Improvements in in vitro technologies and the buildup of system knowledge (enzyme abundance, physiological parameters, effect of disease, age, sex, and polymorphism status) have allowed increasingly realistic computational models of the human body to be developed [11]. Confidence in competitive CYP inhibition measurement and consequent DDI prediction is typically high. In contrast, although availability, consistency, and sensitivity of time-dependent inhibition (TDI) measurement have improved considerably [12], challenges still exist in the quantitative extrapolation of TDI data. This is especially true in complex situations, for example, where time-dependent inhibition is combined with active uptake or enzyme induction. The human immunodeficiency virus (HIV) drug ritonavir, used to boost the bioavailability of antiviral agents such as saquinavir by inhibition of CYP3A4, is an example of a complex case. As well as being a CYP3A4 substrate, ritonavir inhibits, inactivates, and induces CYP3A4 [13,14,15]. It also inhibits and induces other drug-metabolizing enzymes [16].

The other facet of DDI assessment, that of victim DDIs, can be made with confidence for drugs principally metabolized by well-characterized metabolic enzymes (e.g., CYPs 1A2, 2C8, 2C9, 2C19, 2D6, 3A4). However, model validation is more difficult and prediction confidence is lower for enzymes such as aldehyde oxidase (AO), flavin monooxygenases (FMOs) and UGP-glucuronosyltransferases (UGTs) where human pharmacokinetic data for selective substrates and for in vivo interactions with inhibitors are lacking.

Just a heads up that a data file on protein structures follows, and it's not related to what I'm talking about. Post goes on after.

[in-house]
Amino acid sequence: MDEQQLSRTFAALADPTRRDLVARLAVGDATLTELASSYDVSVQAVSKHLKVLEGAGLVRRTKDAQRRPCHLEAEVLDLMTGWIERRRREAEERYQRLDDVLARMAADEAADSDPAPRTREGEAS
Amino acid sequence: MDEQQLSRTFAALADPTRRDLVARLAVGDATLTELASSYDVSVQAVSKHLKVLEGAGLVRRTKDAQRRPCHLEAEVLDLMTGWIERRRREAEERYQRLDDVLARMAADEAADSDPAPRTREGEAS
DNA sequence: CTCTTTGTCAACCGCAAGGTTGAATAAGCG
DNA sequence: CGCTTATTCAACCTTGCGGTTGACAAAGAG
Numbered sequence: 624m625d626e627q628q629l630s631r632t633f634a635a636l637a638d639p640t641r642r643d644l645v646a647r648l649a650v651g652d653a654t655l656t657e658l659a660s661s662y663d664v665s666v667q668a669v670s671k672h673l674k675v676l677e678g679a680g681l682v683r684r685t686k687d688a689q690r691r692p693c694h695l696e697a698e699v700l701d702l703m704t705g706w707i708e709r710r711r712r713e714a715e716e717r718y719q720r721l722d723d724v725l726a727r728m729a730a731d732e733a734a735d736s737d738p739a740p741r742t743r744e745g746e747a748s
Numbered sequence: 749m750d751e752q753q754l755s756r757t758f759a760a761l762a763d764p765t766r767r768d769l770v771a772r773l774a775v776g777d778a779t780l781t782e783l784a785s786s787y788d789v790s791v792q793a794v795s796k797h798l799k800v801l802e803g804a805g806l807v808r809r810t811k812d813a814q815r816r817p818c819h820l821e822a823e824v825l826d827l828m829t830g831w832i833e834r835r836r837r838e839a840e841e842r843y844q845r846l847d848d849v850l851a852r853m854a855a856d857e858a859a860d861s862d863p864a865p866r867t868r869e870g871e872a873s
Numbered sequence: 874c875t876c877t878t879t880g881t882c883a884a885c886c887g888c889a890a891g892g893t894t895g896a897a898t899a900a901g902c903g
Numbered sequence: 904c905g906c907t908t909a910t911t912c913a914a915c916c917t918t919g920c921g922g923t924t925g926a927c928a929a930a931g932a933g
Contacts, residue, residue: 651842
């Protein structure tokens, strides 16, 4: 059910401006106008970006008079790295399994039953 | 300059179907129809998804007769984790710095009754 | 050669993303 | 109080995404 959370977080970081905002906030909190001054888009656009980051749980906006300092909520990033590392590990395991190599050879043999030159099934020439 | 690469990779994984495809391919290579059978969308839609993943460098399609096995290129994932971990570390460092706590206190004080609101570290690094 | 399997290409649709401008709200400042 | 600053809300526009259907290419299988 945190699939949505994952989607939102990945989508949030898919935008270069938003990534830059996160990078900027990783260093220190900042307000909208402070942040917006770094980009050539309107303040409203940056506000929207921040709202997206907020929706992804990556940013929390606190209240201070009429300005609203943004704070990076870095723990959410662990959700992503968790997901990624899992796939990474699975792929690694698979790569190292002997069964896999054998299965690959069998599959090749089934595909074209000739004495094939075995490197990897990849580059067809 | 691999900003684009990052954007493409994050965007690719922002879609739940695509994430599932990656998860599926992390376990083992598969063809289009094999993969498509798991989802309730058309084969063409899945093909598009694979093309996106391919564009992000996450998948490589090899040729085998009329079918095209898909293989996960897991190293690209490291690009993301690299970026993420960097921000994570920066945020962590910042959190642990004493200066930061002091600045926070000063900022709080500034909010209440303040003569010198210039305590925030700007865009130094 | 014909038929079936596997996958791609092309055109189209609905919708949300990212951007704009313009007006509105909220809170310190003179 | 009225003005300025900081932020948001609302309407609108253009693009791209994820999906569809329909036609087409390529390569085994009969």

This review draws on recent Roche experiences combined with key literature examples to provide an overview of the current state of the art in DDI prediction and ongoing developments in the field. The structures of the drugs featured in this review, together with information relevant to their metabolic DDIs, can be found in Table 1.

Table 1 List of investigated drugs, their pharmacology and relevant metabolic DDI information

The Recent Past: Mechanistic Understanding of DDIs Through Retrospective Modeling

Bitopertin Case Study—Drug-Drug Interaction with CYP3A4 Inhibitors

Bitopertin inhibits the glycine transporter type 1 (GlyT1), which is expressed in the central nervous system and in peripheral tissues, mainly in erythroid cells [17, 18]. Bitopertin is cleared slowly and almost exclusively by oxidative metabolism, primarily via CYP3A4 (fm(CYP3A enzymes) > 90% in vitro) with less than 0.1% of the administered dose excreted in the urine as unchanged drug [19•]. The half-life is approximately 2 days.